Having said that, it is discouraging to hear the Secretary laud Colorado's election law nationally while trying to roll back the parts of the law that make it such a success. Our approach is innovative because it gives Coloradans convenient options to both register to vote and cast ballots, while creating administrative efficiencies.
...All of his examples of "1303 fixes" in the bipartisan cleanup bill, SB16-142, are election issues that would need to be addressed even if HB13-1303 had never become law.
Here's is Williams' statement and list in its entirety.
There have been a number of improvements to the procedures in 1303 since it was originally passed, including
1) 2014 - Requiring individuals to actually live in a district instead of merely having an intent to live as provided in the original bill.
2) 2014 - Eliminating inconsistent residency requirements where voters could only vote on some issues but were precluded from voting on others (there are still inconsistencies with home rule municipality charters)
3) 2014 - Addressing inconsistencies in special districts and expensive requirements for special districts
4) 2016 - Fixing deadlines for VRDs that precluded VRDs from collecting registrations (potential 1st Amendment violation)
5) 2016 - Eliminating violation of federal law (NVRA) by incorrect use of terms and related issues
There are several bills this year to fix issues with 1303 that are pending:
1) Correcting errors in judge requirements
2) Eliminating ability to vote in multiple states
3) Correcting affiliation issues with primaries
4) Adjusting electioneering requirements to match law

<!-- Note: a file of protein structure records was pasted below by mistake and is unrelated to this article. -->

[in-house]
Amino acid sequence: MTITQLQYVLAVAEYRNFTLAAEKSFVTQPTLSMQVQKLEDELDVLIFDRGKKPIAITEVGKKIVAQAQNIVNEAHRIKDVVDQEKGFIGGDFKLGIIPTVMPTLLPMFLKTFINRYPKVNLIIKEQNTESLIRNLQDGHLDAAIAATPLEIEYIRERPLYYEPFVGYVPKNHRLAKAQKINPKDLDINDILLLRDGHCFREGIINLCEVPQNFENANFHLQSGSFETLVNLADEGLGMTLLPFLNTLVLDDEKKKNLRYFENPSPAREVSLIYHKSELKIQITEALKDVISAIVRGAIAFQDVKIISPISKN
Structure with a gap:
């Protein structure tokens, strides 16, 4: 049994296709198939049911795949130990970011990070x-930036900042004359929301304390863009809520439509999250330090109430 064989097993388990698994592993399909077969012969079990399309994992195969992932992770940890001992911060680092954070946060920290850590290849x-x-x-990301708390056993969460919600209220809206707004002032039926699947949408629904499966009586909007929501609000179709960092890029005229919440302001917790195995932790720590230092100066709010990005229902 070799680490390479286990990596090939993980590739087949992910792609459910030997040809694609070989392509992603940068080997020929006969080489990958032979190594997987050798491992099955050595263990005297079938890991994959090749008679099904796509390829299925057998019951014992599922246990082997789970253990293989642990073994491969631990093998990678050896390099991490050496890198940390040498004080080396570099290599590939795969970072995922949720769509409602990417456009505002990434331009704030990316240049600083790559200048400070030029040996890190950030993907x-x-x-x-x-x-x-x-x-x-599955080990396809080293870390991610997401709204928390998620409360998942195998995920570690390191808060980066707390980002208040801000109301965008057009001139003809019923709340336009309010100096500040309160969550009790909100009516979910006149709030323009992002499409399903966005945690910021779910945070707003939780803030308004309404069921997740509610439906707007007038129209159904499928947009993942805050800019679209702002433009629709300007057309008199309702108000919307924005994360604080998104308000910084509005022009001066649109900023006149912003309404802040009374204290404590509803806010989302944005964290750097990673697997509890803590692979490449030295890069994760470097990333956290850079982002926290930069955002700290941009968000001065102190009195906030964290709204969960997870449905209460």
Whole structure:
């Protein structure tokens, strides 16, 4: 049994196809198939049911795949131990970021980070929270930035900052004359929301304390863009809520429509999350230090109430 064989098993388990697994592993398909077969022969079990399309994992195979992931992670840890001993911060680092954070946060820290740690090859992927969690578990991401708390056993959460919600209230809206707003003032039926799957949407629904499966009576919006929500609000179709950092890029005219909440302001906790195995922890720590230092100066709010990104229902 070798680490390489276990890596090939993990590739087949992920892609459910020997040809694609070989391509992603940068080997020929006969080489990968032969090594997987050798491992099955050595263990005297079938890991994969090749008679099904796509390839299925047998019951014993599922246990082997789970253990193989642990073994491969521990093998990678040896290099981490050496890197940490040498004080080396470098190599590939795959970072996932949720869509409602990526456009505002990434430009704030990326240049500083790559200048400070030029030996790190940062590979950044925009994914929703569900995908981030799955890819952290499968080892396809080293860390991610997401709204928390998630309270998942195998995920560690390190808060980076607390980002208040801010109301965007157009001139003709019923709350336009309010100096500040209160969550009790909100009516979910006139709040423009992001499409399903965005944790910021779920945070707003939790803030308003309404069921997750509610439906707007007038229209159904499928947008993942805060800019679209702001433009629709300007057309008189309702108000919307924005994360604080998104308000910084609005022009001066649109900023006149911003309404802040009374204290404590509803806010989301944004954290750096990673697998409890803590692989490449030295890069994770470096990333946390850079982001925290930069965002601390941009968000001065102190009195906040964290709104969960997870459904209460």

5) Correcting requirement that military and other UOCAVA voters have to apply for mail ballot (1-5 are in the bipartisan clean up bill, SB16-142)
6) Allowing counties to use fewer VSPCs based on actual voter usage. Because of this excessive requirement, efficient counties experienced significant cost increases under 1303. ($200,000 in El Paso County)
7) Requiring photo ID for same day registration and voting - USPS said 40 such voters did not exist when they were sent confirmation card
8) [potential late bill] Correcting problems with watcher provisions
There are additional issues that still need to be addressed:
1) Ensuring that rural Coloradans are not denied equal protection because of disparate mail delivery times by providing 24/7 drop boxes (Voter Choice Act)--reference is 2014 Conejos Democratic primary for sheriff
2) Permitting Coloradans to have choice to avoid coercion or undue influence by opting out of receiving mail ballots (Voter Choice Act)
3) Constitutional change needed to prevent recall procedures in 1303 and 2014 fix bill from violating state constitution (replacement candidates constitutionally have until 15 days before the election to file, but bill requires all voters to be mailed ballots ahead of time)
4) Fixing vacancy procedures to coincide with new timelines
HB13-1303 made a number of good changes, but because of the above issues and because it violates Colorado's Constitution with respect to recall (even with the changes made), I could not support it because of my oath to uphold the Constitution. If introduced today, I would work to fix the above issues through the amendment process--something that was denied in 2013 because of lockstep votes to approve by the controlling party.